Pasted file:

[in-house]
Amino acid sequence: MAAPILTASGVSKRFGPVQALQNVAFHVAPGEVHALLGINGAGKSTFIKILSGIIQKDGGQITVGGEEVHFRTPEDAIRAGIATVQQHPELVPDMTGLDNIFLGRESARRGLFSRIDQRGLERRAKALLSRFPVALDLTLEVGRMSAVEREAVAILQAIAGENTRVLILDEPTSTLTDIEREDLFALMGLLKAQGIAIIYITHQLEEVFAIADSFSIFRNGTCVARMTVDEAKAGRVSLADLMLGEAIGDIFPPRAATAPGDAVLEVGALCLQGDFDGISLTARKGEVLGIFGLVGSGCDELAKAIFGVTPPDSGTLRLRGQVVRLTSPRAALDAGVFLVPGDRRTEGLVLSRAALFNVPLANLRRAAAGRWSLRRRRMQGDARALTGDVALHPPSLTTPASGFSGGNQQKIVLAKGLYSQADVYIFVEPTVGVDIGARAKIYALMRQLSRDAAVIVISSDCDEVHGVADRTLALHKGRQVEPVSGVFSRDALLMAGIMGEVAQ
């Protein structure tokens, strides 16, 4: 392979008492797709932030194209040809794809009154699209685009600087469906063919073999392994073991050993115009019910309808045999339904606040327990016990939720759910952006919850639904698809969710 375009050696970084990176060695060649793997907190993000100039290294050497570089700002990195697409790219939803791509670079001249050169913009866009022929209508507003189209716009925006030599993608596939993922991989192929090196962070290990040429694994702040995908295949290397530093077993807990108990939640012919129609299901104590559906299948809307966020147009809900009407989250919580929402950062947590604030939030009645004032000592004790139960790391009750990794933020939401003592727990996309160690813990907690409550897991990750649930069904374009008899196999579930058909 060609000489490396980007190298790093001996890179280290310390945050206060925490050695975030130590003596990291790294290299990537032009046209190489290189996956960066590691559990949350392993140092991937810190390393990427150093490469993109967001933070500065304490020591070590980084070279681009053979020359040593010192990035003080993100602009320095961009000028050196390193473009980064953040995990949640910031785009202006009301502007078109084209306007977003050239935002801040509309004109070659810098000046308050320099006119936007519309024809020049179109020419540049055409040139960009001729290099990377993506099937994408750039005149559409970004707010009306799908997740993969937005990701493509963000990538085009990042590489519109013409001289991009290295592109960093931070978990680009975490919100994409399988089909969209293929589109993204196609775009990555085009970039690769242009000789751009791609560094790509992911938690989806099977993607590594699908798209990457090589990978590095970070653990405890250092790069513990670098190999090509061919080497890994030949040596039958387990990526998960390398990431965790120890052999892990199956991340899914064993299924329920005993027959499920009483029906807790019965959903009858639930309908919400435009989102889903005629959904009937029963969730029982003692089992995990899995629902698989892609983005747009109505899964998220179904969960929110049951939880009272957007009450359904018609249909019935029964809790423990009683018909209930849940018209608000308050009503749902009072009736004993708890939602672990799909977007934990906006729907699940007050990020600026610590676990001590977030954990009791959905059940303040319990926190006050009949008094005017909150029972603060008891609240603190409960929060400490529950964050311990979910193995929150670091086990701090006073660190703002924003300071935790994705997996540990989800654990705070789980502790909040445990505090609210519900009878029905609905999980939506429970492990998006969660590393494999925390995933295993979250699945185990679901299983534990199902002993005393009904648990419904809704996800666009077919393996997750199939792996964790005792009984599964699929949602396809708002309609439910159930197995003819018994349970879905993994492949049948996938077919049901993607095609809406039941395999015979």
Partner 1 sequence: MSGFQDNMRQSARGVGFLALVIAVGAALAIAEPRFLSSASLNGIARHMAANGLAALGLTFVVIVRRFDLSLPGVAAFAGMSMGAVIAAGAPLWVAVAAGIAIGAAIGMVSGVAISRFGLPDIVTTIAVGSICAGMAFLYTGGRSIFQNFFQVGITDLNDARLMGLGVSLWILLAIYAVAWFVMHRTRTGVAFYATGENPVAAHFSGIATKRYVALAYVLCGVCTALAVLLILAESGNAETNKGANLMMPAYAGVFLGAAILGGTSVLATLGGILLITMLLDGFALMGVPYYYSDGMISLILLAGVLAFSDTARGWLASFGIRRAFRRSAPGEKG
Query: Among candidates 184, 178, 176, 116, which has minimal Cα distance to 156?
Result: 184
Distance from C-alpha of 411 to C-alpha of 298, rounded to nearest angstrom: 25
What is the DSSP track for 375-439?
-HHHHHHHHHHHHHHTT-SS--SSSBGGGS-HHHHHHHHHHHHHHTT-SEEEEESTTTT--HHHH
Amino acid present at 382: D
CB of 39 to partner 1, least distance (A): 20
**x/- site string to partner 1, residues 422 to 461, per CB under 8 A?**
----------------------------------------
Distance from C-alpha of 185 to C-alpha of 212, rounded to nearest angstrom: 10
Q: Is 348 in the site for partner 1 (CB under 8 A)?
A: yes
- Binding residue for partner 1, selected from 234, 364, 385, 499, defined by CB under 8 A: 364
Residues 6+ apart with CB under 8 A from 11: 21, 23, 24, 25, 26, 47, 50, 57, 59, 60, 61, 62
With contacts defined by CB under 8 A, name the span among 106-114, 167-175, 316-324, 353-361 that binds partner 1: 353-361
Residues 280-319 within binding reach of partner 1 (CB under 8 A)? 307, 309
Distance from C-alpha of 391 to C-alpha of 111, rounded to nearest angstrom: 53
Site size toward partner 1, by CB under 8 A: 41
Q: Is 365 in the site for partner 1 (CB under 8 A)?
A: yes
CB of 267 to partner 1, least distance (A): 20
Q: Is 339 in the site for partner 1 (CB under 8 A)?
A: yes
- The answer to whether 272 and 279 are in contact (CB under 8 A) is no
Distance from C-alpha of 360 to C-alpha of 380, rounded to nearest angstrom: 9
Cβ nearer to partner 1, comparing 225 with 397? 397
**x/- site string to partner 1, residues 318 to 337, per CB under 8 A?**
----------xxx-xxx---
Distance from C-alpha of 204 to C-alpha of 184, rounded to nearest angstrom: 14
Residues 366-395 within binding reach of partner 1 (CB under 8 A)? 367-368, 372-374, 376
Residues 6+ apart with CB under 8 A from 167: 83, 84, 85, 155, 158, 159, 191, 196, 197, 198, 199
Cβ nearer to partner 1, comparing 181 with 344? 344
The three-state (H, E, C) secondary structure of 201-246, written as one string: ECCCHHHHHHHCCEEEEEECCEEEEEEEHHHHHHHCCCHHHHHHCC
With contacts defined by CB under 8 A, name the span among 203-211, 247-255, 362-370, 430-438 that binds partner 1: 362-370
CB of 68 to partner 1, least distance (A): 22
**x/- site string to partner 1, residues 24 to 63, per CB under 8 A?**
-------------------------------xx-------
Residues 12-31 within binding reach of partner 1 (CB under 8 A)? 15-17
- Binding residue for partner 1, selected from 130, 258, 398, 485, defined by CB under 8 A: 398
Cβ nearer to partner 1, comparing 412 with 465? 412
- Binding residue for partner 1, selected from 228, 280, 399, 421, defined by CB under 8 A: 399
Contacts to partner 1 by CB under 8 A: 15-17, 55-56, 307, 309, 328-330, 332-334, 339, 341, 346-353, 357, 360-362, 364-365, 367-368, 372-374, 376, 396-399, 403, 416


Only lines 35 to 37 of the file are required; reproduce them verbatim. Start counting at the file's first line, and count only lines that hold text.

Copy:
Residues 6+ apart with CB under 8 A from 167: 83, 84, 85, 155, 158, 159, 191, 196, 197, 198, 199
Cβ nearer to partner 1, comparing 181 with 344? 344
The three-state (H, E, C) secondary structure of 201-246, written as one string: ECCCHHHHHHHCCEEEEEECCEEEEEEEHHHHHHHCCCHHHHHHCC